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De novo SMARCA2 variants clustered outside the helicase domain cause a new recognizable syndrome with intellectual disability and blepharophimosis distinct from Nicolaides–Baraitser syndrome

Research output: Contribution to journalArticlepeer-review

Telethon Undiagnosed Diseases Program

Original languageEnglish
Pages (from-to)1838-1850
Number of pages13
JournalGENETICS IN MEDICINE
Volume22
Issue number11
DOIs
Accepted/In press1 Jan 2020
Published1 Nov 2020

King's Authors

  • Telethon Undiagnosed Diseases Program

Abstract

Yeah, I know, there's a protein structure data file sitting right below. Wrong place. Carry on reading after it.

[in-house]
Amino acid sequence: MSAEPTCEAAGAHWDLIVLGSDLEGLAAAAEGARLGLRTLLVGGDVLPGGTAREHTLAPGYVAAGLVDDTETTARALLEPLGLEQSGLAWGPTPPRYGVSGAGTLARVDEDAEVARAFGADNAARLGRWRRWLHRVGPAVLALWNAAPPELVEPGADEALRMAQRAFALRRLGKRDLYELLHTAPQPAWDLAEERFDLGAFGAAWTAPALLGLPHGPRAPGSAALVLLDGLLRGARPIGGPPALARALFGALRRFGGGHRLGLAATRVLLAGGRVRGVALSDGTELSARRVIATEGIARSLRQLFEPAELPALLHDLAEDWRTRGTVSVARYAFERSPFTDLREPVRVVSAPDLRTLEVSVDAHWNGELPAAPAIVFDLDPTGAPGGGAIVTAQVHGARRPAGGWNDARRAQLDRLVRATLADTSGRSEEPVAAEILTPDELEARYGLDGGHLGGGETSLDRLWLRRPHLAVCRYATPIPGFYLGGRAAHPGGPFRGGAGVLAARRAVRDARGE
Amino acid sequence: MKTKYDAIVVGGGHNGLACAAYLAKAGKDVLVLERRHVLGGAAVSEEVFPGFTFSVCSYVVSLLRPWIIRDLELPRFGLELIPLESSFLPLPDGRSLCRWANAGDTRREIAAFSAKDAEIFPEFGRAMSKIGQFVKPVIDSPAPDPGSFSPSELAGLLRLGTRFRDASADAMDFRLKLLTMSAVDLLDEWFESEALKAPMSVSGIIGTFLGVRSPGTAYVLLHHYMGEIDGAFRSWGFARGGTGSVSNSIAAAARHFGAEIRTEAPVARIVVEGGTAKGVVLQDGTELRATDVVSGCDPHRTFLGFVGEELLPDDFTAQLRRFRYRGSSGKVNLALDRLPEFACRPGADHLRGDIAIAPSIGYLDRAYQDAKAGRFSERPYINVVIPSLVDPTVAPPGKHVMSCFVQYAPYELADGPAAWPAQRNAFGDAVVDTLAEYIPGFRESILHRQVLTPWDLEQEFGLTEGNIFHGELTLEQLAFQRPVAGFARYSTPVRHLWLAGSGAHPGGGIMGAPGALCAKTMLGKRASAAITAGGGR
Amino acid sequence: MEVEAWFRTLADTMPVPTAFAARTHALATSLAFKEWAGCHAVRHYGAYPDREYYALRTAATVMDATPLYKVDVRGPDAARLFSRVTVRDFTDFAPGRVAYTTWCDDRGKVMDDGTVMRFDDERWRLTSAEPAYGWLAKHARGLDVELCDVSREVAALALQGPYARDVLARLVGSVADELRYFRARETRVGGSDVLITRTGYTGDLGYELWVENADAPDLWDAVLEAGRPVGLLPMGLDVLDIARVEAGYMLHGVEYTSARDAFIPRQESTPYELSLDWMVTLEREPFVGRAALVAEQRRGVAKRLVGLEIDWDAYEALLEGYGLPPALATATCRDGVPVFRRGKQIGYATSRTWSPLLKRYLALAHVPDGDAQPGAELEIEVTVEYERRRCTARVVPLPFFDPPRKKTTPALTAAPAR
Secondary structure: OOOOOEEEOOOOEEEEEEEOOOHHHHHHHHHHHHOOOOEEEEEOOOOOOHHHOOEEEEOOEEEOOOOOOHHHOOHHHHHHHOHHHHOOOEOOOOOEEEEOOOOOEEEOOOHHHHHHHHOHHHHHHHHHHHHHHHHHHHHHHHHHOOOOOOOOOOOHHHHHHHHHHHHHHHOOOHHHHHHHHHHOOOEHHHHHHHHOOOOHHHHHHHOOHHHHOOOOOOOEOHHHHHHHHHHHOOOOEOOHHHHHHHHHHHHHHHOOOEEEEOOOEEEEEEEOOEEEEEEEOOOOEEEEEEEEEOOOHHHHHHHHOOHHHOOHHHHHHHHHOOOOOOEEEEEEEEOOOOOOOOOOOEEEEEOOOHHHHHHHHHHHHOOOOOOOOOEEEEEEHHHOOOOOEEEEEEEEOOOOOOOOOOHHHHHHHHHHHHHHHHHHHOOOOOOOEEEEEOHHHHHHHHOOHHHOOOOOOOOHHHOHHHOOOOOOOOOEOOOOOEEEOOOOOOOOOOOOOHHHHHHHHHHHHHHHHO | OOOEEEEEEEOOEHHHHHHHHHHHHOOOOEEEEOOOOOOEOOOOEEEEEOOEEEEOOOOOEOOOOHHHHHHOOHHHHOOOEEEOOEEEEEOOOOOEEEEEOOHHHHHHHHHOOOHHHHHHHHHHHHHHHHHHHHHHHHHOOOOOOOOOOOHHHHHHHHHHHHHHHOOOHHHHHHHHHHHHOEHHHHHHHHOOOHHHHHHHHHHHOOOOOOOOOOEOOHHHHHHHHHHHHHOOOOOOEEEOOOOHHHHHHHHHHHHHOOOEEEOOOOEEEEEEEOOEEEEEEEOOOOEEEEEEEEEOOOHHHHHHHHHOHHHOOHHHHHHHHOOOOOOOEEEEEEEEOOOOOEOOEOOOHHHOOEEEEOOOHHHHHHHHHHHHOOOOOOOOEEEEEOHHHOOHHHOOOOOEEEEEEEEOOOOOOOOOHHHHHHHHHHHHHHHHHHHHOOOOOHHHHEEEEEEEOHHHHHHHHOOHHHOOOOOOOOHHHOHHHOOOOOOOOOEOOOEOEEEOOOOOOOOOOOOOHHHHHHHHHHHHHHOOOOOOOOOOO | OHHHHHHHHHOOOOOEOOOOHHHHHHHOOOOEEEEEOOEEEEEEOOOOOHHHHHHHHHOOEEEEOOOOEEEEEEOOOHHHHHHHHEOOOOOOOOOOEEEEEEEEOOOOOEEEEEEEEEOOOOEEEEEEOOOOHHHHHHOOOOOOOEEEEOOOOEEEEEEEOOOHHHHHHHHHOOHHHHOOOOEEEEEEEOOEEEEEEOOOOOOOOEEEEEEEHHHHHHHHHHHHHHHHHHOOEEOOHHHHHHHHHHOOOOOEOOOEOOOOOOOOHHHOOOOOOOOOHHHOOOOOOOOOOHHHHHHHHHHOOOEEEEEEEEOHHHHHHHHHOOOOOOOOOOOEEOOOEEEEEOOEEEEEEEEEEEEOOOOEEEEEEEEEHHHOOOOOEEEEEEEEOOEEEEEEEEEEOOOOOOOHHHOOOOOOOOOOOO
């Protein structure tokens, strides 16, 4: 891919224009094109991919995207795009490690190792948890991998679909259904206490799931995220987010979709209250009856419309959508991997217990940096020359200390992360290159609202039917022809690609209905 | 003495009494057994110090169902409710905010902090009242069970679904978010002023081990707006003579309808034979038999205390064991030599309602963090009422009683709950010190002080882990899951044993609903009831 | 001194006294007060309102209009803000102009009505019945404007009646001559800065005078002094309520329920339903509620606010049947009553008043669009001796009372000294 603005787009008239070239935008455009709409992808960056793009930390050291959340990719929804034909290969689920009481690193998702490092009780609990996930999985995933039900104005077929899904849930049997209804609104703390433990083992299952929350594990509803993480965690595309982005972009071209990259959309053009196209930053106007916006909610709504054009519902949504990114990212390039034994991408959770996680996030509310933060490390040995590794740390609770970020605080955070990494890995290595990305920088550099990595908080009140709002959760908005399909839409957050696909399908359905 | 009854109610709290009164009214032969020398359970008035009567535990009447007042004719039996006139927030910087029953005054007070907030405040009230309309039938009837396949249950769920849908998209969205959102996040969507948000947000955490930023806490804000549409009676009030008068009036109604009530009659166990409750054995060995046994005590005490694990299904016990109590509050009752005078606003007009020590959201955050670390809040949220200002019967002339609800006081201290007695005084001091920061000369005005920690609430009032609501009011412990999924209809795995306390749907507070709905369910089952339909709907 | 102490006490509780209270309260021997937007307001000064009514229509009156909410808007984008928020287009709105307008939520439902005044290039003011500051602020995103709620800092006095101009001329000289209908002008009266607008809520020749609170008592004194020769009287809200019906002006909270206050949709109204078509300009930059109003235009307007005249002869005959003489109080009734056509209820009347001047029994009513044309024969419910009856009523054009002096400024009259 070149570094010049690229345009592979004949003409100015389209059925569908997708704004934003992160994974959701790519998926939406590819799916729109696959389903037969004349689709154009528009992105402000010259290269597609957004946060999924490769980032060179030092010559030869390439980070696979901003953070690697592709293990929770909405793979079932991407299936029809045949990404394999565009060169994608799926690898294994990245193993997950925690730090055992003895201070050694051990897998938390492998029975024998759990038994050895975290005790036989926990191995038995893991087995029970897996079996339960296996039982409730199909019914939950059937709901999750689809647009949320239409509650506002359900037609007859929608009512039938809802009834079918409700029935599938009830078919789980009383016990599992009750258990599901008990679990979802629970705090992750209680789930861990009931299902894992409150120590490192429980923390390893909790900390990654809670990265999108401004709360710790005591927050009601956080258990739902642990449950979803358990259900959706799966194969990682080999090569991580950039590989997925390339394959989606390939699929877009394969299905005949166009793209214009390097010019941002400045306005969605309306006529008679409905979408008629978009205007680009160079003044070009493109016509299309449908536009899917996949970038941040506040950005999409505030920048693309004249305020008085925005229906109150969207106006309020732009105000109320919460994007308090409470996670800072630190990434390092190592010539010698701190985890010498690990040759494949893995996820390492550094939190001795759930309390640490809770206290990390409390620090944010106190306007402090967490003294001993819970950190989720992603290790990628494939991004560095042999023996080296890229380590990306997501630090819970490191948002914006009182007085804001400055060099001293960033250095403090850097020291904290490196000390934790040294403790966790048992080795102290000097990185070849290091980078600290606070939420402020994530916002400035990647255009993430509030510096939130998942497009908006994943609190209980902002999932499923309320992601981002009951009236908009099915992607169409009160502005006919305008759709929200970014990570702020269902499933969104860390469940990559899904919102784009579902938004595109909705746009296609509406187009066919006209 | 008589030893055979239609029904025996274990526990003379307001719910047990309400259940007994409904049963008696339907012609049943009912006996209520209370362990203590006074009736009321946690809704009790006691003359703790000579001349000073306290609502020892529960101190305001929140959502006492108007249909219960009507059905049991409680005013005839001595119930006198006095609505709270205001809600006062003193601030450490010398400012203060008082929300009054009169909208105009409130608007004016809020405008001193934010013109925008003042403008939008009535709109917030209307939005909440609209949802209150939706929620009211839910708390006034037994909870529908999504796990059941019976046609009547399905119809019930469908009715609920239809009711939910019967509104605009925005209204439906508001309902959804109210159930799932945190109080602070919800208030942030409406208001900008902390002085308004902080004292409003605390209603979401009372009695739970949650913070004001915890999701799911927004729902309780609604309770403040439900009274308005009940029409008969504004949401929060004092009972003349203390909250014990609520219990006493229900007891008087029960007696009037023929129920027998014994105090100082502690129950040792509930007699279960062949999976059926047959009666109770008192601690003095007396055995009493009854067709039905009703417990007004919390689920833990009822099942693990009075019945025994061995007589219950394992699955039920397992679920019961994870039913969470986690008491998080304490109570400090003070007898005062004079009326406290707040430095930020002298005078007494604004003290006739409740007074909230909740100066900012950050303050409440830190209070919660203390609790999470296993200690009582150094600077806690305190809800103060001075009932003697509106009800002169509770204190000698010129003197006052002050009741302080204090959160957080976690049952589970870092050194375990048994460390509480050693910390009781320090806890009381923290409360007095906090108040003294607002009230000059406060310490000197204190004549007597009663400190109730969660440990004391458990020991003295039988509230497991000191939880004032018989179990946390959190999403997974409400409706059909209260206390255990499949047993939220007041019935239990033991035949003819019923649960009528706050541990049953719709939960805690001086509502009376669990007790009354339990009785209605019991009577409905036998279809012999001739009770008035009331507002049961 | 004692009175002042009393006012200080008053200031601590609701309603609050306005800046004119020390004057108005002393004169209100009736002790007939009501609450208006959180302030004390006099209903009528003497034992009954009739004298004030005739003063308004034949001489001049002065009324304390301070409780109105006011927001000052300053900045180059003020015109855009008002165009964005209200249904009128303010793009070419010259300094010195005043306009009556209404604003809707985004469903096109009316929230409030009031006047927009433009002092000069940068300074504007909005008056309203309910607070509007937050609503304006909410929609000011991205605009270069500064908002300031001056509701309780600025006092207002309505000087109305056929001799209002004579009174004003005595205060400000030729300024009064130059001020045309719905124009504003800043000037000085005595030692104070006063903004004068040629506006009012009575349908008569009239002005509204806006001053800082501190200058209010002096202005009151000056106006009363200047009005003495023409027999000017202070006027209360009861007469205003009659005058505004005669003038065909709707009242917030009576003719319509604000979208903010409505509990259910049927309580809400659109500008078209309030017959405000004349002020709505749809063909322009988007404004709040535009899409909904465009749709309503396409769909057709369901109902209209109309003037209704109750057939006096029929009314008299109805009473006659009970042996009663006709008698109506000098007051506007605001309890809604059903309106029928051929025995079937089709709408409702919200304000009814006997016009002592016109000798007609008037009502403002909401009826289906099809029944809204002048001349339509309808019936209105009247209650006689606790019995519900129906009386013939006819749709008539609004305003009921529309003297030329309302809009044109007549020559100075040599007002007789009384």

Purpose: Nontruncating variants in SMARCA2, encoding a catalytic subunit of SWI/SNF chromatin remodeling complex, cause Nicolaides–Baraitser syndrome (NCBRS), a condition with intellectual disability and multiple congenital anomalies. Other disorders due to SMARCA2 are unknown. Methods: By next-generation sequencing, we identified candidate variants in SMARCA2 in 20 individuals from 18 families with a syndromic neurodevelopmental disorder not consistent with NCBRS. To stratify variant interpretation, we functionally analyzed SMARCA2 variants in yeasts and performed transcriptomic and genome methylation analyses on blood leukocytes. Results: Of 20 individuals, 14 showed a recognizable phenotype with recurrent features including epicanthal folds, blepharophimosis, and downturned nasal tip along with variable degree of intellectual disability (or blepharophimosis intellectual disability syndrome [BIS]). In contrast to most NCBRS variants, all SMARCA2 variants associated with BIS are localized outside the helicase domains. Yeast phenotype assays differentiated NCBRS from non-NCBRS SMARCA2 variants. Transcriptomic and DNA methylation signatures differentiated NCBRS from BIS and those with nonspecific phenotype. In the remaining six individuals with nonspecific dysmorphic features, clinical and molecular data did not permit variant reclassification. Conclusion: We identified a novel recognizable syndrome named BIS associated with clustered de novo SMARCA2 variants outside the helicase domains, phenotypically and molecularly distinct from NCBRS.

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